Make sure your Senators know you are paying attention and that TrumpCare 3.0 is not acceptable. Tell them you want them to commit to following “regular order” and working through the committee process as some Senators have started to do. And find out how much your state will lose in federal funding here.

SAMPLE CALL SCRIPT

Caller: Hello! My name is [ ] and I’m calling from [part of state]. Can you tell me how Senator [ ] will vote on the Graham-Cassidy health care bill if it comes up for a vote?

Staffer: The Senator hasn’t reviewed the text of the bill yet and hasn’t taken a position on it. There is no vote scheduled on that bill though.

Caller: I want Senator [ ] to oppose Graham-Cassidy. The bill is just like other TrumpCare bills in that it destroys Medicaid as we know it by turning Medicaid into a capped system. This hurts children with disabilities, seniors, and even victims of natural disasters like Harvey and Irma. It also takes away funding to help people afford health insurance through the marketplace, and it hurts states that have expanded Medicaid.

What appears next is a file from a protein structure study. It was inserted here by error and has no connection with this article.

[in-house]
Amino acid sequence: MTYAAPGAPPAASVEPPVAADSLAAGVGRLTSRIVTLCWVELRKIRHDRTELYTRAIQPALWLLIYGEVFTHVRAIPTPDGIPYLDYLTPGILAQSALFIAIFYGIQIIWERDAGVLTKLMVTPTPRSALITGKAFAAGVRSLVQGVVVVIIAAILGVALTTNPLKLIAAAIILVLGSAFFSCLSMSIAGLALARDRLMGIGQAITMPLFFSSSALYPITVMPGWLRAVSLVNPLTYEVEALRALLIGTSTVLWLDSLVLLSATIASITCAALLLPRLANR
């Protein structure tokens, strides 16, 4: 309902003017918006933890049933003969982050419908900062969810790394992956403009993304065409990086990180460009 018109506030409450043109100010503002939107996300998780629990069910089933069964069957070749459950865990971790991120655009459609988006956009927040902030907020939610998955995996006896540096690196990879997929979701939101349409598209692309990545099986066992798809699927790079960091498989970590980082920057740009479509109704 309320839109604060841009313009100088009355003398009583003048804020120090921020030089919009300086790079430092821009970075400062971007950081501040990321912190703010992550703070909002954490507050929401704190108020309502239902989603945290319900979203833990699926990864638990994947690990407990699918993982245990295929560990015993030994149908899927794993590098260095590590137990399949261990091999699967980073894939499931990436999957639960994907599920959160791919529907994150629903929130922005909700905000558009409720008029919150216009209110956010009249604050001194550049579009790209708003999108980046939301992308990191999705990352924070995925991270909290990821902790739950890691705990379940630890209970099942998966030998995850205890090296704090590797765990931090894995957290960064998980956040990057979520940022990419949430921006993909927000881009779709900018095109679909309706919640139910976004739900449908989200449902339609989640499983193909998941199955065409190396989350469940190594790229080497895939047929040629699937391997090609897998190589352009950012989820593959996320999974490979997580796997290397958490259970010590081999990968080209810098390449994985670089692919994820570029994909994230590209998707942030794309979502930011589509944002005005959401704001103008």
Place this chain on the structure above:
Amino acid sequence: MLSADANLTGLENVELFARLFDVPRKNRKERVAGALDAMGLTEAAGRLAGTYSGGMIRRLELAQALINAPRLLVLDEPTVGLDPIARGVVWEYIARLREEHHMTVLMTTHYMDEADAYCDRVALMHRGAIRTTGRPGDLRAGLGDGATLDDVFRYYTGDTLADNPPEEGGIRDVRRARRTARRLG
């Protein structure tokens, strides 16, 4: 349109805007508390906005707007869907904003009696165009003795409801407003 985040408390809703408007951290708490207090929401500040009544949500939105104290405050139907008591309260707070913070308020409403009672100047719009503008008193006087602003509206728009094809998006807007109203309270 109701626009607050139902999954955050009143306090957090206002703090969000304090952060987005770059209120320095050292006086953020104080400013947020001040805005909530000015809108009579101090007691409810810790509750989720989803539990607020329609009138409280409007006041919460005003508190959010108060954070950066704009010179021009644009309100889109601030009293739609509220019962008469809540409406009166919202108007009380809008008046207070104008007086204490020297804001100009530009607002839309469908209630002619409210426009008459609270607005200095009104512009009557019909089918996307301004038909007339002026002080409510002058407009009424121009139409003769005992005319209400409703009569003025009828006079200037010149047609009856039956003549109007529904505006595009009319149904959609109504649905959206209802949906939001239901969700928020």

Staffer: Obamacare is a failure. The Senator believes we must stabilize the market and lower premiums.

Caller: If that’s what the Senator wants to do, then supporting the bipartisan, transparent process that Senators Alexander and Murray are leading through regular order would be a better option than supporting the Graham-Cassidy bill. I expect Senator [ ] to respect regular order and reject the Graham-Cassidy bill if it comes to a vote.

Staffer: I’ll let the Senator know your thoughts.

Caller: Yes, please do. I will be watching this vote closely and I expect Senator [ ] to oppose. Please take down my contact information so you can let me know what Senator [ ] decides to do.

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All, RepublicansCaroline Kavit
Last Push on TrumpCare: Tell Dems to Run Out the Clock (Script for Dems)